Career Alternatives, Food

Career Alternatives for Lawyers: Open a Museum

Barry Levenson

Are you a foodie? Are you committed enough to the gustatory world to leave the awful taste of the law behind and start a museum about your favorite food? Wisconsin lawyer Barry Levenson was that devoted. Sadly, his favorite food is mustard.

Levenson got a shout-out on NPR this morning for his National Mustard Museum. Levenson is a Wisconsin law grad who had quite a distinguished legal career. According to On Wisconsin, he practiced for 15 years and headed the Criminal Appeals Unit of the Wisconsin DOJ, arguing lots of cases before the state Supreme Court. In 1986, after a disappointing World Series — another sad note: Levenson is a Boston Red Sox fan — he consoled himself by buying lots of his favorite food: mustard. While healthier than ice cream, it turned into an obsession.

He began manically collecting jars of mustard. In 1987, one of his cases made it to One First Street; before oral argument in Griffin v. Wisconsin, he spotted a jar he didn’t have yet on a room service tray at his hotel and stuck it in his suit pocket, where it remained while he addressed the Nine. It was good luck perhaps. He won the Fourth Amendment case, 5-4. Levenson tells us he got some inspiration thinking back on “Justice Felix FRANKFURTER and Chief Justice Warren BURGER.”

Eventually, Levenson decided he wanted to flavor his whole life with mustard. He gave up his law job in 1992 and opened his museum. It gets 30,000 visitors per year. How do you make mustard that sexy?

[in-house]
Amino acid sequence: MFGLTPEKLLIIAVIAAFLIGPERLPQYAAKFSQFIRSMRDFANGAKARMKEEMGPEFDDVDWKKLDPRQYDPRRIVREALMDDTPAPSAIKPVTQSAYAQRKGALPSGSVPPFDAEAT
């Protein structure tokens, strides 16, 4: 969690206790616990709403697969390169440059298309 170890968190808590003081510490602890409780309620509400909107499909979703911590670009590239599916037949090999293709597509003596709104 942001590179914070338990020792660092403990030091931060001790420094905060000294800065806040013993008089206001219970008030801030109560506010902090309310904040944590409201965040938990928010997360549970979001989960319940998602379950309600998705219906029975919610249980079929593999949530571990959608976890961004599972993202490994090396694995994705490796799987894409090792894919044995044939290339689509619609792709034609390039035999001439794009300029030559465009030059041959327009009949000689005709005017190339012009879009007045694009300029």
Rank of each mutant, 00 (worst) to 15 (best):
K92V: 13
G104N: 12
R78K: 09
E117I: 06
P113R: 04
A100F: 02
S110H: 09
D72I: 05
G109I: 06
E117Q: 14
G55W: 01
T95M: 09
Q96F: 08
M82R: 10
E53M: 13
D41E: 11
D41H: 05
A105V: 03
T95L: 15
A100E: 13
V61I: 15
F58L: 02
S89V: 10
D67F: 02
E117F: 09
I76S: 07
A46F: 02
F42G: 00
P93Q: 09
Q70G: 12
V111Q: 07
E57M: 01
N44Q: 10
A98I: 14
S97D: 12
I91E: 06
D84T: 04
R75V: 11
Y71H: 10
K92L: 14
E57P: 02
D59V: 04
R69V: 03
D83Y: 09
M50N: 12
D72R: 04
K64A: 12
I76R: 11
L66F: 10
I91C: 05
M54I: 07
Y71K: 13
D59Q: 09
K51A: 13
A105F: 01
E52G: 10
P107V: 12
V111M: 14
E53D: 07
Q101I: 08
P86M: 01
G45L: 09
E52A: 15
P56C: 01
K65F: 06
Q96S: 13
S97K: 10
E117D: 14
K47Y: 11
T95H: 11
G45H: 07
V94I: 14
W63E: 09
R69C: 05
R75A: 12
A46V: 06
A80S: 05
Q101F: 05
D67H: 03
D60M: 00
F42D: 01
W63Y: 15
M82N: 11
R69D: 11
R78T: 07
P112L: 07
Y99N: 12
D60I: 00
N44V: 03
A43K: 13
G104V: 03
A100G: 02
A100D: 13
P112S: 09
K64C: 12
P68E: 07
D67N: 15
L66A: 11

From NPR:

His collection has grown to more than 5,000 mustards from around the globe — everything from French stone-ground to French’s Classic Yellow.

They’re all on display at the National Mustard Museum, in Middleton, Wis., which is gearing up to celebrate National Mustard Day, on Aug. 7 — a Saturday, for anyone considering a cookout.

Of interest to Article III groupies: Among those 5,000 mustards is Alex Kozinski’s Judicial Hottie Jalapeno Mustard.

Levenson hasn’t completely left the law behind. He’s written a book on food and the law — Habeas Codfish — and teaches a course on the topic at the University of Wisconsin. That’s not his only academic work. He also runs Poupon U.

Say it slow and it sounds like a whole different kind of education.

Courthouse Forum: Judge Kozinski’s Judicial Hottie Mustard [Underneath Their Robes]
Wisconsin’s Mustard Museum on the move [USA Today]
Spreading the Love [On Wisconsin Magazine]
The Mustard Museum: Passion For A Condiment [NPR]

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